4.28 Reference is made to the government's key transport assessment criteria of environment, safety, economy, integration, and accessibility. The need for the strategic link is urgent given increasing congestion, the economic success of the east of Scotland when compared to the west, and the increasing growth of air traffic at Edinburgh Airport as compared with Glasgow. Competitiveness in the conurbation will at best stand still without direct government intervention, and existing business parks with good communications to the east of the city are most likely to benefit. Regeneration areas in the south east quadrant including Rutherglen and Cambuslang will suffer from the absence of a direct link. The Polmadie junction does not provide direct access to the city centre and surface streets would require to be used. The relief of traffic congestion will not be as significant as the TRA claims and the opportunity for better pedestrian, cyclist and public transport routes may not materialise. It is accepted that motorways have fewer accidents per vehicle mile.

Response from the TRA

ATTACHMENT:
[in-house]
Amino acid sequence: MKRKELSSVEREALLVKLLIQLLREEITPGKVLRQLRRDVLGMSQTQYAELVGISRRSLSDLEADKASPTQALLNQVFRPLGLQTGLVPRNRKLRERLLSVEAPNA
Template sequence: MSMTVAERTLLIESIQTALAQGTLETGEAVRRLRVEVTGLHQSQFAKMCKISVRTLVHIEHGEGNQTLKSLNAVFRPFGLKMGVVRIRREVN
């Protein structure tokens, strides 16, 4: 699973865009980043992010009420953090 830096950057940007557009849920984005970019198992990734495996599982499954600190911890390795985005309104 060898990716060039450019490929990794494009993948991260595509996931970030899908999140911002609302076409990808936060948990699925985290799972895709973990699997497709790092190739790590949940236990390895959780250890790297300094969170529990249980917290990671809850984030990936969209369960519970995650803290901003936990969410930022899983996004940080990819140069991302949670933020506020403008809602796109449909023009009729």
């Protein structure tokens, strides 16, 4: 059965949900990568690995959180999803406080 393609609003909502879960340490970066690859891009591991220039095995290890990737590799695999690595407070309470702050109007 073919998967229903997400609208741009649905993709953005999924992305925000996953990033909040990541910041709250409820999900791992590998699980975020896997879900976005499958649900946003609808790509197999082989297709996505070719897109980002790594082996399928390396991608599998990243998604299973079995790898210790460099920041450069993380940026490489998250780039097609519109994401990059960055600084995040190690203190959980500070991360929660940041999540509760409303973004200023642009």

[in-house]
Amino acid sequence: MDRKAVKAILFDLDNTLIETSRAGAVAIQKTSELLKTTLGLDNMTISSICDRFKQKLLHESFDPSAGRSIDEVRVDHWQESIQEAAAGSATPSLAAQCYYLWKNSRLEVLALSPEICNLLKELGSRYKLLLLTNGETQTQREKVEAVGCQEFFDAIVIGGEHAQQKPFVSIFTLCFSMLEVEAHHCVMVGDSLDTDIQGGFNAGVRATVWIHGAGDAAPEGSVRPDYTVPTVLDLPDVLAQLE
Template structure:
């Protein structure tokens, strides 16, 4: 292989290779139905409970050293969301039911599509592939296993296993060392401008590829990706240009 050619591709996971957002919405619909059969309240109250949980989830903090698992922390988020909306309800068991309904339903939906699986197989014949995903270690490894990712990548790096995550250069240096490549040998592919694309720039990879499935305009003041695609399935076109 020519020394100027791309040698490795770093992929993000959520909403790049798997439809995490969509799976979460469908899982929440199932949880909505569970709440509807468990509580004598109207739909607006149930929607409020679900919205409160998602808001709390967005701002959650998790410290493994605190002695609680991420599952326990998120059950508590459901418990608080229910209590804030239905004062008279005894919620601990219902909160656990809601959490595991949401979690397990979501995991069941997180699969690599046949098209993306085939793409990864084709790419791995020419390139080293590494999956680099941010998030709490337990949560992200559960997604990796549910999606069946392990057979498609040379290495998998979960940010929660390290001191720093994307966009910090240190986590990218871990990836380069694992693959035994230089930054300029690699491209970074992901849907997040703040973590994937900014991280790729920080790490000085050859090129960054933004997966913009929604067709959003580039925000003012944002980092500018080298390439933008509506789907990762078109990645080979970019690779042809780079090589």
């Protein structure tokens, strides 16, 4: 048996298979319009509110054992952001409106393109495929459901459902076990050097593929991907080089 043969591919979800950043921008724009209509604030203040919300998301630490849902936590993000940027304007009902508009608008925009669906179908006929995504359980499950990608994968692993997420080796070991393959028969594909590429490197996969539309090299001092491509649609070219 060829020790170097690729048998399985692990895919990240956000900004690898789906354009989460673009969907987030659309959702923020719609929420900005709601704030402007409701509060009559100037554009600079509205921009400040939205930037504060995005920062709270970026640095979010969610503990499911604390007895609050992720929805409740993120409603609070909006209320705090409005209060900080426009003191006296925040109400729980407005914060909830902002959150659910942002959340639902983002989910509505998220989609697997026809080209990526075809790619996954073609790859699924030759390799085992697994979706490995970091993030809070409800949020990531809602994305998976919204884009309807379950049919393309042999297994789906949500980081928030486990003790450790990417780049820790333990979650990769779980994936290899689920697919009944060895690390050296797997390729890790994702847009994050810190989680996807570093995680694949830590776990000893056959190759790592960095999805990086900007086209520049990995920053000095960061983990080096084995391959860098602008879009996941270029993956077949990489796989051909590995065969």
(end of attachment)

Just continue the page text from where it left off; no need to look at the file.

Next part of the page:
4.29 In relation to Mr Baillie's objection, the TRA adopts, so far as relevant, the evidence submitted on its behalf in the non site specific first phase of the inquiry. The M74C will be the completion of the main strategic road transport link between west central Scotland and England and will take 20,000 vehicles per day off the M8 northern flank from Baillieston to south of Kingston Bridge. Its primary purpose is as a strategic link between the M74 and the M8/M77. While previous proposals did provide for direct connections, subsequent reviews of these proposals resulted in direct connections being abandoned because of the strategic nature of the link, the desire to discourage short distance commuting, and the likelihood of increased congestion on the bridge itself. The deletion of 2 interchanges at Cathcart Road and Rutherglen Road also followed from these considerations. The TRA proposal results in a decrease in traffic over the bridge. Direct connections to the Kingston Bridge would increase traffic flow on both the M74 and M8, with the possibility of additional running lanes being required. The on/off ramps proposed by the TRA at Kingston are not intended as a motorway to motorway link but to allow easy access/egress to the motorway for essential traffic in the Kingston, Tradeston, and Kinning Park areas. Direct connections would encourage short distance commuting. It is not unusual for there to be motorway junctions without direct connections in either direction, examples being at junctions 8 and 13 of the M8.